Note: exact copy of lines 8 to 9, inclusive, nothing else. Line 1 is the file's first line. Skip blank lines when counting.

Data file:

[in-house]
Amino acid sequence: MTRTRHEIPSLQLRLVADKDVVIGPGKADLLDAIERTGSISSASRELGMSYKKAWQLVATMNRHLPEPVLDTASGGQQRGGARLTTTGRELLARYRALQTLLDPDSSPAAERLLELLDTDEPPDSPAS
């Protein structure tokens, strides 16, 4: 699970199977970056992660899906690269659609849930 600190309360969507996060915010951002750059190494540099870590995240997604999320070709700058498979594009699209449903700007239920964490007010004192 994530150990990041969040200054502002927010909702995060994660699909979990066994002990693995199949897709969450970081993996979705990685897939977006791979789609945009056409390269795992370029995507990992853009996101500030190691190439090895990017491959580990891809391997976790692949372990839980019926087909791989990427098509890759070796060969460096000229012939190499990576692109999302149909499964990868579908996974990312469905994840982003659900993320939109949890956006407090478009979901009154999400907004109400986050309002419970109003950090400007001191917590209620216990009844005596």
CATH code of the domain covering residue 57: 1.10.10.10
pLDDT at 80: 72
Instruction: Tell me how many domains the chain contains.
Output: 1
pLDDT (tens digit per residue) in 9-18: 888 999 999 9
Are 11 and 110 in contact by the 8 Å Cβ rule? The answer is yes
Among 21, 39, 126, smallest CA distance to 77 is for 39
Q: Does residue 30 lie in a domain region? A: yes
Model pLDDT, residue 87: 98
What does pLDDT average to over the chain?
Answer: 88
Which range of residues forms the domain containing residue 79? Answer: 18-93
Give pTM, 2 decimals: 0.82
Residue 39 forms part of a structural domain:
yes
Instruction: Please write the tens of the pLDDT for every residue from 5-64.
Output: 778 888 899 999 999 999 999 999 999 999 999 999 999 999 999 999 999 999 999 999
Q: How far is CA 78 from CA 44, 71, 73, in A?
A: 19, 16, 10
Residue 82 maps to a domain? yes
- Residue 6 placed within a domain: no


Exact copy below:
pLDDT (tens digit per residue) in 9-18: 888 999 999 9
Are 11 and 110 in contact by the 8 Å Cβ rule? The answer is yes